For almost 20 years Chuck Palahniuk, the author of “Fight Club,” with its famous first rule (“You do not talk about …”), had honored his own rule about not returning to the story.
“I was not going to go back there,” the author said recently.
But now he has.
“Fight Club” first appeared as a novel in 1996, and then as a celebrated movie starring Brad Pitt and Edward Norton three years later.
“Fight Club 2” has re-appeared this month — in comic book form.
The unnamed narrator of “Fight Club” now has a name, Sebastian, as well as a wife and son. But Sebastian can’t go through a day without encountering those who seem to recall him from his previous life. In the first issue, a bartender and a florist shop clerk — both of whom sport facial bruises and bandages — refuse to accept his money.
“I had no idea that this story was going to have this kind of legs and that people would be asking me about it for the rest of my life,” Palahniuk said.
“And then I was faced with so many interpretations. People are always coming up and asking, ‘Is it really about this?’ Or they will frame it within the context of their own lives. Or people will see it as satire or serious political commentary.
“They all have achieved their own spin.”
Palahniuk decided that he wanted to reclaim his story — specifically the novel, as the film version added elements that he didn’t create. He admired authors Edgar Allen Poe, Stephen King and H.P. Lovecraft who, he said, would take a single story and then reconsider or retell it in subsequent books or stories.
“I thought, ‘Why not expand this single-episode story in this man’s life and use it to explain his human history and also make more of an all-encompassing mythology out of it?’”
The first of a planned 10 installments of “Fight Club 2” appeared this month, published by Dark Horse Comics of Milwaukie, Ore., a suburb of Portland, where Palahniuk maintains a home. About a year from now Palahniuk anticipates the completed story, illustrated by artist Cameron Stewart, being published in a single volume.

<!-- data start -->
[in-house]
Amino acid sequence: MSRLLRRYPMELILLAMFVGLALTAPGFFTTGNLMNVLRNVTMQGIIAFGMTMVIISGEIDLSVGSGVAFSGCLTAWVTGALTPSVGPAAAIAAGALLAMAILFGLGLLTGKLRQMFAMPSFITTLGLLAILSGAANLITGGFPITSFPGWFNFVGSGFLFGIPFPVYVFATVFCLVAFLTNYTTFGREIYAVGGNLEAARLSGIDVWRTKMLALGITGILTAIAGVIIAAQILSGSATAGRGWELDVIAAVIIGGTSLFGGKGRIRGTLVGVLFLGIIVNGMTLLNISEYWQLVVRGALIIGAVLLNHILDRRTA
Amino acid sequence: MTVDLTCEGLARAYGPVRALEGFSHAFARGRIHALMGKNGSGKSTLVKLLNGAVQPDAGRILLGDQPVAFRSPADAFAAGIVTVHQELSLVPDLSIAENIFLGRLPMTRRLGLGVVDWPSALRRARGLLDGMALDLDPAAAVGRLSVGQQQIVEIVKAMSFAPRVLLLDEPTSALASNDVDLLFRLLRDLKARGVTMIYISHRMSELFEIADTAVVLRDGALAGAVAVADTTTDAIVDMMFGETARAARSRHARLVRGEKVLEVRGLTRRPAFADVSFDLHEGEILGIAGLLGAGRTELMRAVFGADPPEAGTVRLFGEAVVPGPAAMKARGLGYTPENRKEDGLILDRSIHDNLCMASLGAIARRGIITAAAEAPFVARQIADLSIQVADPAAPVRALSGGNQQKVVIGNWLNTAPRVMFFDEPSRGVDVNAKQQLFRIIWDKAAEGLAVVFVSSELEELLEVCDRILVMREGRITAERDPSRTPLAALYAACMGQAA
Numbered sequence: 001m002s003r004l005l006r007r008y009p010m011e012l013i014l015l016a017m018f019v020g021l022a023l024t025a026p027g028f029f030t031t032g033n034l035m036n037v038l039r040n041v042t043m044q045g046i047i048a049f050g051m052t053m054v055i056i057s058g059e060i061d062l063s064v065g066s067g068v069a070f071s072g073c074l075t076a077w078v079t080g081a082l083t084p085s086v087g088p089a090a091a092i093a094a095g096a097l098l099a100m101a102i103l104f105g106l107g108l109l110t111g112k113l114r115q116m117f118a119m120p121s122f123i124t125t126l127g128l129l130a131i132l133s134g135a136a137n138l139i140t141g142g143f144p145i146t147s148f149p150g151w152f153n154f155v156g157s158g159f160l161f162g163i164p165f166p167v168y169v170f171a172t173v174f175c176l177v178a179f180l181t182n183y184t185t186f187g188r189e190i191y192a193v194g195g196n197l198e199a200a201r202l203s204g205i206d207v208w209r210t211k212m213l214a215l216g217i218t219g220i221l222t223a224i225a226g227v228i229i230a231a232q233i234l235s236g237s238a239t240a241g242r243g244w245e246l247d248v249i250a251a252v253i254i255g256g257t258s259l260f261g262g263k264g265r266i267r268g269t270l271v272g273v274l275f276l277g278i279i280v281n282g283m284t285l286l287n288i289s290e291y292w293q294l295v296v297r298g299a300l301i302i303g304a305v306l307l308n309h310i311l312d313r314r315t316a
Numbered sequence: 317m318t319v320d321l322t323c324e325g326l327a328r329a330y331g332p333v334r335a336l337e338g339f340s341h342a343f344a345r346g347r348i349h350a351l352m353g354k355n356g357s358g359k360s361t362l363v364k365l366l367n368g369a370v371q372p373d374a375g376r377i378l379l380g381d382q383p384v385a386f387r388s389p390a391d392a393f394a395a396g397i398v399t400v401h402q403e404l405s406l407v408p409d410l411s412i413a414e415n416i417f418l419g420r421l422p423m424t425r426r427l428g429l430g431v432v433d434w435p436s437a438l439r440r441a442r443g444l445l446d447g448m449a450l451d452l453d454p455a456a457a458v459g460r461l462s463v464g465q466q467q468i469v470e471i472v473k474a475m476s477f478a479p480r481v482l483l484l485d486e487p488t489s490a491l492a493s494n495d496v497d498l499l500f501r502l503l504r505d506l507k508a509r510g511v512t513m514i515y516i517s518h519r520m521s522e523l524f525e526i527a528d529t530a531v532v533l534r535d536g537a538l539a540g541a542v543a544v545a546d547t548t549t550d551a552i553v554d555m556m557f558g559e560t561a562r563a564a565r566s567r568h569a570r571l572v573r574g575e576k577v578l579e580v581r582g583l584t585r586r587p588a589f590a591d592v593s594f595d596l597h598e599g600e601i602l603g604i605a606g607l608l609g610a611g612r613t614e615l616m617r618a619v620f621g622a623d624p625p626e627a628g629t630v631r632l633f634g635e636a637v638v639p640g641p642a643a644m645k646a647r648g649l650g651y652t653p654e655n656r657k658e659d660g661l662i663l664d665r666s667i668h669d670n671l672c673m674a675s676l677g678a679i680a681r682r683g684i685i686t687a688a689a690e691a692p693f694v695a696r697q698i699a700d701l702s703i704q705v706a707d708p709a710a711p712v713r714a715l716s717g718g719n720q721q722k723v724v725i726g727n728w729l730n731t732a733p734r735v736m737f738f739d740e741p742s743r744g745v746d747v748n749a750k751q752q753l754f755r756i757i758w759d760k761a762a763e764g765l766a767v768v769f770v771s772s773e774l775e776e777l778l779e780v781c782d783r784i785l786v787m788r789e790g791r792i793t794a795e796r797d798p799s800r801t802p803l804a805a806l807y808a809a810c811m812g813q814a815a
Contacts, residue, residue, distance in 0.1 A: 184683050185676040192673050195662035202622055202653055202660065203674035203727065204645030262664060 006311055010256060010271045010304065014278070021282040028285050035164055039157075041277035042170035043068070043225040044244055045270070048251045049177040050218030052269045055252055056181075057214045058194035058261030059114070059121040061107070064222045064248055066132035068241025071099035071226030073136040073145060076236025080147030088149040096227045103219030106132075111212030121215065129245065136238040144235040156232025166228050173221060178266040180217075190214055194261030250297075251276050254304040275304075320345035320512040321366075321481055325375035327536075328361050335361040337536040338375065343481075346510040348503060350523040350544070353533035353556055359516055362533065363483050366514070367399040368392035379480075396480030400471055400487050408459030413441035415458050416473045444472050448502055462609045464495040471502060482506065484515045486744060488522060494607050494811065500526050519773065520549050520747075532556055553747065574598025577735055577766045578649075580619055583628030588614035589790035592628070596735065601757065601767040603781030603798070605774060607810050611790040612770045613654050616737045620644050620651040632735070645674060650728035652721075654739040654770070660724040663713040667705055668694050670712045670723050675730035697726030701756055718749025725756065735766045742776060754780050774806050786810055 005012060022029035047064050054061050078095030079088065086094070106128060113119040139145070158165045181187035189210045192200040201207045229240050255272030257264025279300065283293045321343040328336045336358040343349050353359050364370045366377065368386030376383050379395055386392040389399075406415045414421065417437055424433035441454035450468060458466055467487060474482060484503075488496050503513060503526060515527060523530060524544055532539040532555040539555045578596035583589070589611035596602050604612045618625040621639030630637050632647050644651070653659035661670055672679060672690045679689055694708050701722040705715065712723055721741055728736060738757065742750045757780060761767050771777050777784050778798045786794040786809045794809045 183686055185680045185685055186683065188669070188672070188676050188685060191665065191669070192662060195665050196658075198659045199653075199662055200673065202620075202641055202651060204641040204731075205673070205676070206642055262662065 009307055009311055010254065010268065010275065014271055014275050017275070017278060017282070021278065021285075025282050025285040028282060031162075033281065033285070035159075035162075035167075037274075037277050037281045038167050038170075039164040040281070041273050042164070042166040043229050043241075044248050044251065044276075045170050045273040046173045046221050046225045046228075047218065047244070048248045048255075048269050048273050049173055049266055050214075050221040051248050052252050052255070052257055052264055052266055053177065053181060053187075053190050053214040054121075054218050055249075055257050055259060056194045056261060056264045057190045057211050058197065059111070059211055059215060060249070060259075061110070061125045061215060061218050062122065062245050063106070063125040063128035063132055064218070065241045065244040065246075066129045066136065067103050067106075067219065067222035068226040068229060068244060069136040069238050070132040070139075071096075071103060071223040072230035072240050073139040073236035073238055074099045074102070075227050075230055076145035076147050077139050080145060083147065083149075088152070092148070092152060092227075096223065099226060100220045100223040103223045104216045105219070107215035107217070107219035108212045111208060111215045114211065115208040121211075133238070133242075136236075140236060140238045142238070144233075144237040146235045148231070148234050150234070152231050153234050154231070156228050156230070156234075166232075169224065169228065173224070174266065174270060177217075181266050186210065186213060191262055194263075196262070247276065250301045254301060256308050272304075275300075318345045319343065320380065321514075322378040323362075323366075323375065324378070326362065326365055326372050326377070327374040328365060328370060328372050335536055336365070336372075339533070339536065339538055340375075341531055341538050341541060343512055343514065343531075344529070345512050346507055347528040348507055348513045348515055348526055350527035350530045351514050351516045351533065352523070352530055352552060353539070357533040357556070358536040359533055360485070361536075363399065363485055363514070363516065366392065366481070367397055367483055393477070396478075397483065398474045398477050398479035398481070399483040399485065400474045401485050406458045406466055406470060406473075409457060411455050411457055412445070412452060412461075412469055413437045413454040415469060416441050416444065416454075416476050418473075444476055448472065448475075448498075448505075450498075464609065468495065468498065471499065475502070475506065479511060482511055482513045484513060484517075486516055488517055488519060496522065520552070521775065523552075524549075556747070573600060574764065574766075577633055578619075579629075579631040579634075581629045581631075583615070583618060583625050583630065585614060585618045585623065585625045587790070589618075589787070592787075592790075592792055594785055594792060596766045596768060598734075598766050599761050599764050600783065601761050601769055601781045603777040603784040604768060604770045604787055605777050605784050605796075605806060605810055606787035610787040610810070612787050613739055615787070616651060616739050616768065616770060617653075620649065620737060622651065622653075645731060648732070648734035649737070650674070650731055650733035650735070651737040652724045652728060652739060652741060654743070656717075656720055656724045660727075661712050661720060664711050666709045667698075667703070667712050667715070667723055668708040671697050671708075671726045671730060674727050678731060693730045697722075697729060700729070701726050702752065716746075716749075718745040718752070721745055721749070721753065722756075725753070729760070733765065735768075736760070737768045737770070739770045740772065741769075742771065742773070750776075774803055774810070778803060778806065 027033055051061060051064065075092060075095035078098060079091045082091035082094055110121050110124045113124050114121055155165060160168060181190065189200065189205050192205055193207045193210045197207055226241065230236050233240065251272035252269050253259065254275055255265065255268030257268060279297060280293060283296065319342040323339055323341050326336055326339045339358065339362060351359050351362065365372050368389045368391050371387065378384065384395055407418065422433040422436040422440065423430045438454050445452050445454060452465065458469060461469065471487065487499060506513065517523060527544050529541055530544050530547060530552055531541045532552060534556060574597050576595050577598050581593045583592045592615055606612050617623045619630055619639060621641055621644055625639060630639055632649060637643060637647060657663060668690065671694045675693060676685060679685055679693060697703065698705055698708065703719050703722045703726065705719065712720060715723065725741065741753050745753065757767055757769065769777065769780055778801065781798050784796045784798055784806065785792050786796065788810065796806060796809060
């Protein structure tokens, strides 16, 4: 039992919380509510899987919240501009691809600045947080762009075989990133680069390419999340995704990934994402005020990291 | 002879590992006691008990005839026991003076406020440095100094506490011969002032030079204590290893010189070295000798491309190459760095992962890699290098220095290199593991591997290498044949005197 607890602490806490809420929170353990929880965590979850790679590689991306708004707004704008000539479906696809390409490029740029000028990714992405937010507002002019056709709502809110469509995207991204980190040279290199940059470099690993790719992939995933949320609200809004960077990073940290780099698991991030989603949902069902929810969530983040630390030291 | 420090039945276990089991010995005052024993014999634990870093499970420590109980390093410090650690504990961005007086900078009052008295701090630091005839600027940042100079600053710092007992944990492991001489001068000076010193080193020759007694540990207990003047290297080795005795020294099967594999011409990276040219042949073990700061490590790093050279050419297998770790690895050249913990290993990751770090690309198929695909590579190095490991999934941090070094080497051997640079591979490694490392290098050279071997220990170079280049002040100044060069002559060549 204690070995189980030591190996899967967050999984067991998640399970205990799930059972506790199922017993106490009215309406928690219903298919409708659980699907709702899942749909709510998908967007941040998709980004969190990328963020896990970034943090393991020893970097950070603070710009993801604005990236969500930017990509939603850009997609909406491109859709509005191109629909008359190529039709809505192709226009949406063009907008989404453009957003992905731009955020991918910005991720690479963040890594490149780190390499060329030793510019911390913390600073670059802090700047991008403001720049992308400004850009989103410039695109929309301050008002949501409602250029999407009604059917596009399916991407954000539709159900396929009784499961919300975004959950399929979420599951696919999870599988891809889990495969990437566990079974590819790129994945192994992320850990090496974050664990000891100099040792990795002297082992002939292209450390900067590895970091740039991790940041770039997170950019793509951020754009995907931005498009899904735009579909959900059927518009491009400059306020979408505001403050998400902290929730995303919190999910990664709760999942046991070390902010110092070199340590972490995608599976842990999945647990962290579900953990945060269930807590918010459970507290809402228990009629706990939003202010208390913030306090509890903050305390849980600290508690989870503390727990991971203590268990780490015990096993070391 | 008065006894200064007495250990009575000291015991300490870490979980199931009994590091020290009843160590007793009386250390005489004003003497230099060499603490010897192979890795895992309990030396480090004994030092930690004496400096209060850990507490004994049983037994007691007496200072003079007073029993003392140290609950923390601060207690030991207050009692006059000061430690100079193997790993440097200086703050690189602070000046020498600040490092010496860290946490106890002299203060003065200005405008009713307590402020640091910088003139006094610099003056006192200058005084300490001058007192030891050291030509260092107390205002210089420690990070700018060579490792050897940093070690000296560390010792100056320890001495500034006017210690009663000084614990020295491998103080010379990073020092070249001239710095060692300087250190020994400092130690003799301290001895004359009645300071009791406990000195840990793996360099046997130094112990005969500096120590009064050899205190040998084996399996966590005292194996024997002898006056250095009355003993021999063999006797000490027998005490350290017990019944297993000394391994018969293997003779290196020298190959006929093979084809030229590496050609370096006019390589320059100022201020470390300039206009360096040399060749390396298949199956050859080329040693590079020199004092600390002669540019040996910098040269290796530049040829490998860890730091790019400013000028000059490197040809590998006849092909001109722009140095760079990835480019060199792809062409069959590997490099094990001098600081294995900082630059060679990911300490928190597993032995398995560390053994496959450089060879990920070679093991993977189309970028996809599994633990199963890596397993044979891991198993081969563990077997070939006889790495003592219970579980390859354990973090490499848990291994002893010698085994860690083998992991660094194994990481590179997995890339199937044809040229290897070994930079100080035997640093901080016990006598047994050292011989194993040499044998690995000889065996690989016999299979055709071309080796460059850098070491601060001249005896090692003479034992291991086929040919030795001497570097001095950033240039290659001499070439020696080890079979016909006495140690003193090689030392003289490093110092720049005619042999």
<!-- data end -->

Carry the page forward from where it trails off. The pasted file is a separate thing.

“I wanted to collaborate with people on something that was a group effort,” he said. “Portland is filled with comic-book people, and it was like being with your best friends in junior high school.
“Comics people seem to be a lot better socialized than novelists.”
A comic book, he added, “allowed me to depict really provocative or upsetting things. But they are depicted in this stylized, cartoonish way, so it gives people some wiggle room not to be overwhelmed by the subject matter.”
Palahniuk said he has never been unnerved by the enduring, sometimes fierce, affection for “Fight Club” by its fans. “Make Something Up: Stories You Can’t Unread,” his first collection of short fiction, just published, is the latest of many books Palahniuk has written since.
“I wasn’t unhappy that they seemed stuck on ‘Fight Club,’” he said. “That is what bought me my freedom from my regular job, so I was fine with that.”
But he didn’t want to be perceived as stuck on “Fight Club,” he added.
“I didn’t want to be pigeonholed. And I was kind of feeling a little bit guilty about trashing fathers so much in ‘Fight Club.’ It seemed only fair that I had this character become a father and find himself as just as bad a father as he perceived his own father to be, or even worse.”
Palahniuk will speak at 7:30 p.m Friday at the Uptown Theater, 3700 Broadway. For more details, go to RainyDayBooks.com.
Diorama assignment becomes poetry book
Maryfrances Wagner, a past co-president of The Writers Place and a Kansas City area author and writing instructor, sometimes would ask students to create dioramas of a particular novel, highlighting or illustrating what they considered a crucial moment in the story.
“It was always interesting what they chose and why,” Wagner said recently.
“Seeing them all lined up on a counter revealed such an interesting variety of perspectives.”
The title poem in Wagner’s new book, “Dioramas,” addresses this experience. “The sophomores hand in dioramas,” she writes, “thirty quiet settings on the counter.”
She also quotes John Knowles, author of “A Separate Peace,” a perennial high school reading assignment. Several dioramas, accordingly, depict Finny in his tree — but maybe not all.
“It’s never too late to see life from other angles,” Wagner said.
“Also, in any poem I write, even if it is personal, I try to shape it so that all readers will find their own connection or experience.”
Wagner will read at 7 p.m. Thursday at The Raven, 6 E. Seventh St., in Lawrence. Reading with Wagner will be writer Jacqueline Holland.